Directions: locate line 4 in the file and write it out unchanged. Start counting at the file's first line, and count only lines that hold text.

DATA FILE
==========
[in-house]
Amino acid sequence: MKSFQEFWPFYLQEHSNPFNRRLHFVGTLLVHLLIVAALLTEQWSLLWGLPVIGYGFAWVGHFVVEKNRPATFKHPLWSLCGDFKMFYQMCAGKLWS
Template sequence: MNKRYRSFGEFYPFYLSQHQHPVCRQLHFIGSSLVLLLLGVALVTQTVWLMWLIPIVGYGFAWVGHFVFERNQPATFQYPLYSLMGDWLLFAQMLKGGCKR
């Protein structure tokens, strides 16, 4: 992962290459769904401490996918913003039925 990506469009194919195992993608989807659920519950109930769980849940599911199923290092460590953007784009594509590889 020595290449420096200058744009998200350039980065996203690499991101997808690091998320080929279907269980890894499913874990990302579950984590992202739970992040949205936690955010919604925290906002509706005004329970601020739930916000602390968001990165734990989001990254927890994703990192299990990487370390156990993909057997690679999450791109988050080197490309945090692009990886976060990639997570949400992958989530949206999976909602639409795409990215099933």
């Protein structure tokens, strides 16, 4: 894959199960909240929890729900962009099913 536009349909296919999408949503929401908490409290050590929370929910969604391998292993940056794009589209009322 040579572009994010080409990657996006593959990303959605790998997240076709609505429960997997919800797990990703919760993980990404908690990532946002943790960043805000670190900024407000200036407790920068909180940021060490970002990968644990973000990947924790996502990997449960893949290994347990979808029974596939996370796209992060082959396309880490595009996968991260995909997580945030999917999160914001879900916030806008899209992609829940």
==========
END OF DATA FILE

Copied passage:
């Protein structure tokens, strides 16, 4: 992962290459769904401490996918913003039925 990506469009194919195992993608989807659920519950109930769980849940599911199923290092460590953007784009594509590889 020595290449420096200058744009998200350039980065996203690499991101997808690091998320080929279907269980890894499913874990990302579950984590992202739970992040949205936690955010919604925290906002509706005004329970601020739930916000602390968001990165734990989001990254927890994703990192299990990487370390156990993909057997690679999450791109988050080197490309945090692009990886976060990639997570949400992958989530949206999976909602639409795409990215099933």